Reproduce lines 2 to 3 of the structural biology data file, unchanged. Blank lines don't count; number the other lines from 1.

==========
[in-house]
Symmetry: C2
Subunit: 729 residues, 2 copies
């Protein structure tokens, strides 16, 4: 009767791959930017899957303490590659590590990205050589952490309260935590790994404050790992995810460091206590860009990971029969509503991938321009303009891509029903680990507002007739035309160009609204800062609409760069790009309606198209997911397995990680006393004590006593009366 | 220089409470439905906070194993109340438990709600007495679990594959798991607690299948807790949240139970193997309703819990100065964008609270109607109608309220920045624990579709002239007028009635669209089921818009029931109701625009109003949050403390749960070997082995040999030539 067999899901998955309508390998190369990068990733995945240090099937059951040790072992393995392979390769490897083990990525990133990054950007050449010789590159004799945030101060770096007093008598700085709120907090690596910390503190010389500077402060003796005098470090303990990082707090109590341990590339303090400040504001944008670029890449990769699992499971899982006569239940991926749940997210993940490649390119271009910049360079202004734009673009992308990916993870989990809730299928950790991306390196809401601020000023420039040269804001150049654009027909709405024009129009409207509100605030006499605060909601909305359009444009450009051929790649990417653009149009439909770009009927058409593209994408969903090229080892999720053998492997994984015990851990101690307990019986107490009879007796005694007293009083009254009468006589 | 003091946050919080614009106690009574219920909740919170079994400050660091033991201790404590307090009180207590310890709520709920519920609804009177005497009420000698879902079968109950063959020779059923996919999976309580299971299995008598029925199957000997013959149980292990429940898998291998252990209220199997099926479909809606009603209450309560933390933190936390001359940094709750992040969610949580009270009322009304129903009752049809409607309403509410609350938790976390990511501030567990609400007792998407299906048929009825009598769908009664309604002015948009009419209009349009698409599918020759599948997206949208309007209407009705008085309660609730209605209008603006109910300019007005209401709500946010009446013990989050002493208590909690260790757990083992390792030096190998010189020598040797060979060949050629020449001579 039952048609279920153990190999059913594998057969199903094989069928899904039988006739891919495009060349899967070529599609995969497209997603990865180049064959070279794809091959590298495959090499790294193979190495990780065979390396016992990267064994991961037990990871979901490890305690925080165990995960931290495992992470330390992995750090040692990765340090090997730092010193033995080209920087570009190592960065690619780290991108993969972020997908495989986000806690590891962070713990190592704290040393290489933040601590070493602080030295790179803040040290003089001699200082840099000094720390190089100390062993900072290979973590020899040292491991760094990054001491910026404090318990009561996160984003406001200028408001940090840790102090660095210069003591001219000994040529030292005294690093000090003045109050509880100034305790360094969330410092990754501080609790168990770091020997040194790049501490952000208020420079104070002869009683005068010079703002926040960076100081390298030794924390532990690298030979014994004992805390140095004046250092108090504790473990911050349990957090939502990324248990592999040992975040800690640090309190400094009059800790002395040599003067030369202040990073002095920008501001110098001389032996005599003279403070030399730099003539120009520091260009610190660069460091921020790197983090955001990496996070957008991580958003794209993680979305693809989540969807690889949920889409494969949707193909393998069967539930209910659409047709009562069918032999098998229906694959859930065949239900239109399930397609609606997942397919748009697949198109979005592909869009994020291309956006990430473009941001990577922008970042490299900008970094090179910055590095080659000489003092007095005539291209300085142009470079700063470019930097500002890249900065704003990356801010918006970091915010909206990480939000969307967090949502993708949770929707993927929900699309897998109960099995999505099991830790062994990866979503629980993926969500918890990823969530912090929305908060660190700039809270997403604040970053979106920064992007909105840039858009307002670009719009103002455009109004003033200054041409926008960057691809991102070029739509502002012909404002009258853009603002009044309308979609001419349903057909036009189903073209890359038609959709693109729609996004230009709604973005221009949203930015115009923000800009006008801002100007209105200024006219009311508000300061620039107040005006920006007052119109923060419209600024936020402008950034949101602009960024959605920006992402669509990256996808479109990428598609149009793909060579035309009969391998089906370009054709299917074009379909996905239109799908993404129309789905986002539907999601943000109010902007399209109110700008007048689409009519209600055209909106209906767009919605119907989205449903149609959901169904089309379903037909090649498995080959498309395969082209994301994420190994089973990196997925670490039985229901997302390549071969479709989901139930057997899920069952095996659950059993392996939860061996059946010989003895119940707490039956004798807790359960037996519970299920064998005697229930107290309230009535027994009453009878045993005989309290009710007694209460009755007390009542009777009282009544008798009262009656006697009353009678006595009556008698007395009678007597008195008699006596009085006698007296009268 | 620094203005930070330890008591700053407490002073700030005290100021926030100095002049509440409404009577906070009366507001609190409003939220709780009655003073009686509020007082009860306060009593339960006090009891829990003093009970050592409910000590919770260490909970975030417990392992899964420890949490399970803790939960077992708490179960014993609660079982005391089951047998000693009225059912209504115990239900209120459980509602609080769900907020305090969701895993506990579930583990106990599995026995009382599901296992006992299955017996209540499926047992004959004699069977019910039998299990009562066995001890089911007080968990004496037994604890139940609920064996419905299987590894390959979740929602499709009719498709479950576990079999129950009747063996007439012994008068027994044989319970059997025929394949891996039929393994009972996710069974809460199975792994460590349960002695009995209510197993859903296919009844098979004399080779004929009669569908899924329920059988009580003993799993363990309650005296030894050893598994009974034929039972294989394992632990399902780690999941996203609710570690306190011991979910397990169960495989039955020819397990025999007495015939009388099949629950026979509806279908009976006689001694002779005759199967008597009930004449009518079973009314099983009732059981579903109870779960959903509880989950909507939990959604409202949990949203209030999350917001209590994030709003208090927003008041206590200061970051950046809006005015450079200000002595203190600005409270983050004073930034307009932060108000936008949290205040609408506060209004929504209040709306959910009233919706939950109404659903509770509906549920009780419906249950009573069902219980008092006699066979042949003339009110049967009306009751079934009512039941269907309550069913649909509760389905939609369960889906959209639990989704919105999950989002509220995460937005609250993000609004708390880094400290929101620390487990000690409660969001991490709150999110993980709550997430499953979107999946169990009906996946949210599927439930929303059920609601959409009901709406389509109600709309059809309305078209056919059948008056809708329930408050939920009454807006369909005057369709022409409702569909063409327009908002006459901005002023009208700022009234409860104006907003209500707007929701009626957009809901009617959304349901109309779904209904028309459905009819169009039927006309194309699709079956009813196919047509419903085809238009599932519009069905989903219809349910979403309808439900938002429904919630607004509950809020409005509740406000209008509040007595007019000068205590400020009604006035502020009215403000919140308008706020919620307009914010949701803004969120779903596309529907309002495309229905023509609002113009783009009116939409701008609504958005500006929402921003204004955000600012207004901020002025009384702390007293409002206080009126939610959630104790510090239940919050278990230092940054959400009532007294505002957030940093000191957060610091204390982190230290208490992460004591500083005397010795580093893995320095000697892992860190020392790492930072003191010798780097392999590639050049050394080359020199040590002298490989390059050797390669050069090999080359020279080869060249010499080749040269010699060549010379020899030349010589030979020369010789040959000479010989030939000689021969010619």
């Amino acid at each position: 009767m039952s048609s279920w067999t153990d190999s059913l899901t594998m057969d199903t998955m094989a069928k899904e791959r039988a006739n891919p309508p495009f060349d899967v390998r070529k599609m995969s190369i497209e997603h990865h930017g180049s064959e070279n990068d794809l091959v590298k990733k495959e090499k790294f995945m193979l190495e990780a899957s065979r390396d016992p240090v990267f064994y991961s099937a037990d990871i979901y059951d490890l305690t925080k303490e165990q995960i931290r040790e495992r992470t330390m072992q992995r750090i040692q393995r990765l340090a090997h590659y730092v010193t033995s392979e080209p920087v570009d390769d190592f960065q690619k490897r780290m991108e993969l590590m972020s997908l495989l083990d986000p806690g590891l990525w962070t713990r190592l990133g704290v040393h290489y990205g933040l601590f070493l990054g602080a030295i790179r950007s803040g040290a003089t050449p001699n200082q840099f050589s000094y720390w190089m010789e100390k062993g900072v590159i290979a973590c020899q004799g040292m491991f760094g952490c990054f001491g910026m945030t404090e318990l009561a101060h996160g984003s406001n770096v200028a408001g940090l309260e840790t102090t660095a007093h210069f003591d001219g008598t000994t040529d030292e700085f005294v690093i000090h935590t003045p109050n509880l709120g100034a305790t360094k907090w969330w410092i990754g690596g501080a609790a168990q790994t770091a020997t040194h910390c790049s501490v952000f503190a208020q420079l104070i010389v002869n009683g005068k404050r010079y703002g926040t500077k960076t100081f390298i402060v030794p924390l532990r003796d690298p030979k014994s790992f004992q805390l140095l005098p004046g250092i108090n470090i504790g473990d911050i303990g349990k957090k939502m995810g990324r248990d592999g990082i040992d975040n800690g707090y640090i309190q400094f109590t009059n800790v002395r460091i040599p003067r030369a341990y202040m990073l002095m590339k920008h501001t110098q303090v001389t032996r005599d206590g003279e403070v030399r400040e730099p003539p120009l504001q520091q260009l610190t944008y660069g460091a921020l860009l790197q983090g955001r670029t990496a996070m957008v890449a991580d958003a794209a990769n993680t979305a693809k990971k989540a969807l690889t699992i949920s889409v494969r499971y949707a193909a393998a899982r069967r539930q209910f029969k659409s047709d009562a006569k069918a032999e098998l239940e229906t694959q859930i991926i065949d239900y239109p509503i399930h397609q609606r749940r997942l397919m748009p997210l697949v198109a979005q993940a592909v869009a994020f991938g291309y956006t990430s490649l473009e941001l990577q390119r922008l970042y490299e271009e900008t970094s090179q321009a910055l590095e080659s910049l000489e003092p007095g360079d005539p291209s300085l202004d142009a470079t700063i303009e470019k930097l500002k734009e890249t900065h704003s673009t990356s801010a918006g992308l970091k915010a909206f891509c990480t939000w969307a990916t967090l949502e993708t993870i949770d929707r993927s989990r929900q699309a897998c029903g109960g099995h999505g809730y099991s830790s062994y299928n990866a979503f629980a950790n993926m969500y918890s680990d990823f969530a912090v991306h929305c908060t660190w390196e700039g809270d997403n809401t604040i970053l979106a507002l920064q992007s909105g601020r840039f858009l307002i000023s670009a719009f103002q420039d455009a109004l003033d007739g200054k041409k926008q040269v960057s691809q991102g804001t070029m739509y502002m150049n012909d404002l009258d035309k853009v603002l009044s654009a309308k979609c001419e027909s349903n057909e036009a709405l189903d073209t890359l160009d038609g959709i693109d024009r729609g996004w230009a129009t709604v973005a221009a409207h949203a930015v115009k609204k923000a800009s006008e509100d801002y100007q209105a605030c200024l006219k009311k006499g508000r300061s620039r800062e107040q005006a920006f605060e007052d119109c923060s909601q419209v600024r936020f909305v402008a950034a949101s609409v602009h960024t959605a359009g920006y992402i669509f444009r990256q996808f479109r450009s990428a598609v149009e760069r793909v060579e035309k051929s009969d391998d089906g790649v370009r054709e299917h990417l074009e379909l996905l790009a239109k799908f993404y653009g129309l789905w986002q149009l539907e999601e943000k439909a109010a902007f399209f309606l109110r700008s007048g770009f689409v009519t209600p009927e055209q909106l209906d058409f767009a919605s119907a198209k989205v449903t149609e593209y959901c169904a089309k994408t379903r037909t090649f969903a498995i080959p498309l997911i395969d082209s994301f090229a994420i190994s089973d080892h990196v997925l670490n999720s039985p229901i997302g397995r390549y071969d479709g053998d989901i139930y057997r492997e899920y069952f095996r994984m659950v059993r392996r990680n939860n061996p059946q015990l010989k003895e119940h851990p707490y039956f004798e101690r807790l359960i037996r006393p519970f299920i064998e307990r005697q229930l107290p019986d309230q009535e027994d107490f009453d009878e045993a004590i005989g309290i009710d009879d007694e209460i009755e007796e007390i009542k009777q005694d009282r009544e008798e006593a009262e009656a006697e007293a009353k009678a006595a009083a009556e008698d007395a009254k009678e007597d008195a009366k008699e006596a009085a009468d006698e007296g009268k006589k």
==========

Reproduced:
Symmetry: C2
Subunit: 729 residues, 2 copies